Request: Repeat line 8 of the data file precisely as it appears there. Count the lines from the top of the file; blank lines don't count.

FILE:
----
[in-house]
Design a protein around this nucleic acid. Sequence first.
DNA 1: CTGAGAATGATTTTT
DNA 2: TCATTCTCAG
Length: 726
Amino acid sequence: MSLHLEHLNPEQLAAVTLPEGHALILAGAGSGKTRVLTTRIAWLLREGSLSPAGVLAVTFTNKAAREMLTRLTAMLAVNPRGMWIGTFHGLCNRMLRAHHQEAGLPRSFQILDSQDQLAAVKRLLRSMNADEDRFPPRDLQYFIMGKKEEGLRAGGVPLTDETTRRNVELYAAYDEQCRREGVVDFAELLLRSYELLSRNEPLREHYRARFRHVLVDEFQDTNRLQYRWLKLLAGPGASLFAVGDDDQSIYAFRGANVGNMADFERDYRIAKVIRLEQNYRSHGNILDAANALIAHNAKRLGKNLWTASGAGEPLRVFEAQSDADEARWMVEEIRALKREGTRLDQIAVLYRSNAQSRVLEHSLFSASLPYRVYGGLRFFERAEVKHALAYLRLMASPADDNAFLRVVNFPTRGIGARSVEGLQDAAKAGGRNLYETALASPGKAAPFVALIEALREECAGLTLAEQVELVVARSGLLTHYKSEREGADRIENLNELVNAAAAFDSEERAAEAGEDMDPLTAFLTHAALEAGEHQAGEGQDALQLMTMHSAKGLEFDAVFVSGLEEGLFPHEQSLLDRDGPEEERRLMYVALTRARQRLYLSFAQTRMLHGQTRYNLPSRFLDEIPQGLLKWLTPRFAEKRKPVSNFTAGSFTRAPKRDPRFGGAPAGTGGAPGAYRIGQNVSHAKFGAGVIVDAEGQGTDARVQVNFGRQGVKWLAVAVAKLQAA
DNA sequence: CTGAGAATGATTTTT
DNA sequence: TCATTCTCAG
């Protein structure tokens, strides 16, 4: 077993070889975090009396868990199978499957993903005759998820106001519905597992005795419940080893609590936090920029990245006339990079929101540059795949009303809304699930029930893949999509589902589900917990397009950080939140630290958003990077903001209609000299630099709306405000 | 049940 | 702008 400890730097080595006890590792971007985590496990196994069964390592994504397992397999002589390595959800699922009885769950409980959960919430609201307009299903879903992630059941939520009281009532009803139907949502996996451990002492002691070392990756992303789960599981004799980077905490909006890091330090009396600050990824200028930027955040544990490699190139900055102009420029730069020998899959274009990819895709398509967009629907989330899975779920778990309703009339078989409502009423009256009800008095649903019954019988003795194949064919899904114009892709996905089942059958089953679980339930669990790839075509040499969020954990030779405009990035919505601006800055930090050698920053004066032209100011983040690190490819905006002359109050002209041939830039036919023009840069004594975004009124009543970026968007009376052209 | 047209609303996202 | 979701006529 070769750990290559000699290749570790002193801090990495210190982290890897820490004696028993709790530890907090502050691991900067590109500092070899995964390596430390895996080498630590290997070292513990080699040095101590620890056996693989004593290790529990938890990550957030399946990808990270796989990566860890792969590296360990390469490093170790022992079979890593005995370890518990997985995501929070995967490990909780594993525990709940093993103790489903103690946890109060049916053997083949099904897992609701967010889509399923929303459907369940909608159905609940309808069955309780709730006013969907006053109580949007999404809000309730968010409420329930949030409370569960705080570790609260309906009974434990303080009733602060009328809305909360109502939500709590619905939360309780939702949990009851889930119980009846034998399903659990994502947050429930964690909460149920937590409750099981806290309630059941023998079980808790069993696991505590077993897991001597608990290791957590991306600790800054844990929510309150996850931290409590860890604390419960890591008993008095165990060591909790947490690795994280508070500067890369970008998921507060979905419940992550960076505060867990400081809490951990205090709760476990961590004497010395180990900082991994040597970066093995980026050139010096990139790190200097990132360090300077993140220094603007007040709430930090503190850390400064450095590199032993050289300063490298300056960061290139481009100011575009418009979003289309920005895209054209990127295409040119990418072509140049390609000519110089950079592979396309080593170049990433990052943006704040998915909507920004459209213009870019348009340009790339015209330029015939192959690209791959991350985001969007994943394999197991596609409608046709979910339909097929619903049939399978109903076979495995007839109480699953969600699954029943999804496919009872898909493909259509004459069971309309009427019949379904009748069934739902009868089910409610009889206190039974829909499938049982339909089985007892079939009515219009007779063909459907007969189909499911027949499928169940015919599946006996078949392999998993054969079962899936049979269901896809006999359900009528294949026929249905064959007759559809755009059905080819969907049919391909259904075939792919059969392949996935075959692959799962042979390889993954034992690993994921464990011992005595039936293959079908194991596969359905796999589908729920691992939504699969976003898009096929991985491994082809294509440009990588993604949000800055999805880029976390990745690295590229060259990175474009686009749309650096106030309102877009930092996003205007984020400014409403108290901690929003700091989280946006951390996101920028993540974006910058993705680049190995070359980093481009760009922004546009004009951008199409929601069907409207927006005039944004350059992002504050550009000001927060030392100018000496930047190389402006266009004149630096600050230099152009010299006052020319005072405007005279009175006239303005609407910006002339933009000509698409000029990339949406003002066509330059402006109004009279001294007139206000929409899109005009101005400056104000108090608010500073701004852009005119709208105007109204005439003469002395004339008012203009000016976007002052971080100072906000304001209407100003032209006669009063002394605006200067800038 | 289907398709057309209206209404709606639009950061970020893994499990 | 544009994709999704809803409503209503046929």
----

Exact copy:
DNA sequence: TCATTCTCAG